Archive for October, 2013

Oct 08 2013

Kansas Citizens Sue to Reject Science

There’s some good news and some bad news. The good news is that 7 states have adopted the Next Generation Science Standards (NGSS), including Kansas. These science standards were developed by The National Research Council, the National Science Teachers Association, the American Association for the Advancement of Science, and Achieve, and are a comprehensive and coordinated k-12 science curriculum.

This is an excellent attempt to provide a consistent high standard across the 50 states. The states each adopt their own science standards, with most not doing a great job. This is one area where it is probably not necessary to reinvent the wheel 50 times – science is generally a consensus-building exercise, and at the k-12 level students should be learning basic science that is all well-established. I think it is a great idea to have a consortium of scientific organizations create standards that states can then adopt, without having to duplicate the work themselves.

It is also heartening that Kansas is one of the first seven states to adopt the standards. Frankly, they can use it.

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Oct 07 2013

A Problem with Open Access Journals

Published by under General Science

In a way the internet is a grand bargain, although one that simply emerged without a conscious decision on the part of anyone. It greatly increases communication, lowers the bar for content creation and distribution, and allows open access to vast and deep databases of information. On the other hand, the traditional barriers of quality control are reduced or even eliminated, leading to a “wild west” of information. As a result it is already a cliche to characterize our current times as the “age of misinformation.”

For someone like me, a social-media skeptic, I feel the cut of both edges quite deeply. With podcasts, blogs, YouTube videos, and other content, I can create a network of content creation and distribution that can compete with any big media outlet. I can use these outlets to correct misinformation, analyse claims, engage in debates, and debunk fraud and myths.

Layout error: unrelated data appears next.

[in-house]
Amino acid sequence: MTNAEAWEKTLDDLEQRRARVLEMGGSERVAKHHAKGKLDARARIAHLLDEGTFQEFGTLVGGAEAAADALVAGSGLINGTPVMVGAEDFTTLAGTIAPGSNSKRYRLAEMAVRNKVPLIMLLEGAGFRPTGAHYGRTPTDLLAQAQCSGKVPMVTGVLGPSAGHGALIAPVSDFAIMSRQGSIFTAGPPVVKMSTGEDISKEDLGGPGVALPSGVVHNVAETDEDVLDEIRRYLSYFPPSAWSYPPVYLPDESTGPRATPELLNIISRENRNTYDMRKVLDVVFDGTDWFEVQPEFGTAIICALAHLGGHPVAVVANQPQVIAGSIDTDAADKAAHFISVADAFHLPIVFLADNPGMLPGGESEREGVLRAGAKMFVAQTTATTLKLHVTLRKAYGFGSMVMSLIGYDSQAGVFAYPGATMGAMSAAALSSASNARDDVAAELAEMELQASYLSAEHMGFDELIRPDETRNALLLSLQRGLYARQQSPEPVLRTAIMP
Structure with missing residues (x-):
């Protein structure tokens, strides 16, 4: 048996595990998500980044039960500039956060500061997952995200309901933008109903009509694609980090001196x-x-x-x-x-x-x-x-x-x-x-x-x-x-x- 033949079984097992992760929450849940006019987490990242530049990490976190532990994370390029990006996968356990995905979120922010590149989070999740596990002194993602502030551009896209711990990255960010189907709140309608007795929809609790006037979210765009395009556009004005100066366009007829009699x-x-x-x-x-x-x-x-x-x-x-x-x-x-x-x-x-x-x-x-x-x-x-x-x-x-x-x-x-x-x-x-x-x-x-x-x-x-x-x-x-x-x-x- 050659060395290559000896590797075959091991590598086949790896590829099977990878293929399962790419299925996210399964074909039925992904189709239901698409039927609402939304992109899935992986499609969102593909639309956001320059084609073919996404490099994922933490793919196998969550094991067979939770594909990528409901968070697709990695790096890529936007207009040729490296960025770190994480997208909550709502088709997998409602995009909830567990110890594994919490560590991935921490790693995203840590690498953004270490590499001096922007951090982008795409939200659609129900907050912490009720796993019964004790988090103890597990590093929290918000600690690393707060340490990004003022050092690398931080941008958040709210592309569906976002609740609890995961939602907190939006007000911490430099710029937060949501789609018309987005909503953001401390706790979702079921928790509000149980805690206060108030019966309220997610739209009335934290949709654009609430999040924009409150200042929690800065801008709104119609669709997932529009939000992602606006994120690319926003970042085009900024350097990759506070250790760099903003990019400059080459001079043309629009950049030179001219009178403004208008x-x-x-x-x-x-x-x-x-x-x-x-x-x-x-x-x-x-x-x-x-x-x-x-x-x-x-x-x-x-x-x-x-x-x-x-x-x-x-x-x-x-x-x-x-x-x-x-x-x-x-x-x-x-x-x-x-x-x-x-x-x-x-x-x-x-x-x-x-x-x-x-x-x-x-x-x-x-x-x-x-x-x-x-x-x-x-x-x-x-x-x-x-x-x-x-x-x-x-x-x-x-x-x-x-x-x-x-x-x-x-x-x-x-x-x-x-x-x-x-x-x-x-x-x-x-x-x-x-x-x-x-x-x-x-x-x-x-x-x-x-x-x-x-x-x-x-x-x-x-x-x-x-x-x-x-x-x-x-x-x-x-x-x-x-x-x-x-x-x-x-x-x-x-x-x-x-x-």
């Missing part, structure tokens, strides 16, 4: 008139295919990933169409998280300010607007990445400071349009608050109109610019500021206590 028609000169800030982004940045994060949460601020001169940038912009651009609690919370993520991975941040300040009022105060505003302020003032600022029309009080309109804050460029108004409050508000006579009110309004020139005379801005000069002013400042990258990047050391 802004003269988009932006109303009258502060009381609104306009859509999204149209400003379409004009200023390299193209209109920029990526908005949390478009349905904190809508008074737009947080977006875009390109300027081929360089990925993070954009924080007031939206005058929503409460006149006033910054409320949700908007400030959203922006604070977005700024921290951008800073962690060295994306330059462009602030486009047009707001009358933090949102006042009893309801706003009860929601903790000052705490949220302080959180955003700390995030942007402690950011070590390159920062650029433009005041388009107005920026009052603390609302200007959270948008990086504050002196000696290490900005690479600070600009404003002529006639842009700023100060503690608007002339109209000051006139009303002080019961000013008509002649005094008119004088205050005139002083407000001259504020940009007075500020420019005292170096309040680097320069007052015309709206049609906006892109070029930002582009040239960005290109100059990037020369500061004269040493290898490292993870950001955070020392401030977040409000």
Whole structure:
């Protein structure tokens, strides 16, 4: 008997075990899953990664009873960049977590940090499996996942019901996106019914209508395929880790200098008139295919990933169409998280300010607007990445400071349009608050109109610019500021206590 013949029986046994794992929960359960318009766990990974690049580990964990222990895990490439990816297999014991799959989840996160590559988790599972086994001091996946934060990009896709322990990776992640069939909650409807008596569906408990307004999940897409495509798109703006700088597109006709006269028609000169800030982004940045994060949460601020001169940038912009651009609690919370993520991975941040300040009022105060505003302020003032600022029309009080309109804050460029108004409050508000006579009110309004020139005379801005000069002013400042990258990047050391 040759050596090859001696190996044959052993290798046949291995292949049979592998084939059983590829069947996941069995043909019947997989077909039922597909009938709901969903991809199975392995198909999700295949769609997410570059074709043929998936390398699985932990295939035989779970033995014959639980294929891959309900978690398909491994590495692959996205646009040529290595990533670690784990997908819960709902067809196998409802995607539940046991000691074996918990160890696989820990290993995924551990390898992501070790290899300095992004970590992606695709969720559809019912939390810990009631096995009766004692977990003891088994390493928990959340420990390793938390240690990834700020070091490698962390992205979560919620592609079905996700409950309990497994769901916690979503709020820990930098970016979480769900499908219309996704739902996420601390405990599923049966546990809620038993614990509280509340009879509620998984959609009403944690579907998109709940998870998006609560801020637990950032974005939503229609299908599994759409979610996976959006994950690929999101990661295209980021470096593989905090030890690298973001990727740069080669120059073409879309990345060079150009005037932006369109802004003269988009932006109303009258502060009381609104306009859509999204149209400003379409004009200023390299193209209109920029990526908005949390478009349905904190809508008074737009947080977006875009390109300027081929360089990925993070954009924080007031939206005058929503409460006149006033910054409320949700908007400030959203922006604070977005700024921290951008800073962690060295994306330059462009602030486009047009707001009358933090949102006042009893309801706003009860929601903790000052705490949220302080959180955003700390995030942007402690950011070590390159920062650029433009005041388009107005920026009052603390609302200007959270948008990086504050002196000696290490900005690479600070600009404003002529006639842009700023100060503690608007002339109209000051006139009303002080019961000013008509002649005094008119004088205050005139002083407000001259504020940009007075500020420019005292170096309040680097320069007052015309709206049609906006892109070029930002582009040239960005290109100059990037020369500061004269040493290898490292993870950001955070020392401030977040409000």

On the other hand, the fraud, myths, and misinformation are multiplying at frightening rates on the very same platforms. It is difficult to gauge the net effect – perhaps that’s a topic for another post.

For this post I will discuss one of the most disturbing trends emerging from the internet phenomenon – the proliferation of poor quality science journals, specifically open access journals.  The extent of this problem was recently highlighted by a “sting” operation recently published by Science magazine.

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Oct 04 2013

CAM Research – Be Careful What You Wish For

Edzard Ernst is the first professor of complementary and alternative medicine (CAM). He began 20 years ago as a CAM enthusiast, and a trained homeopath, and genuinely wanted to point the critical eye of science onto CAM. Many CAM proponents claim this, but Ernst was different in a key respect – he wanted to use rigorous scientific research to find out if CAM worked, not to prove that it does.

He recently wrote about his 20 years of CAM research, and eloquently makes this point. He writes: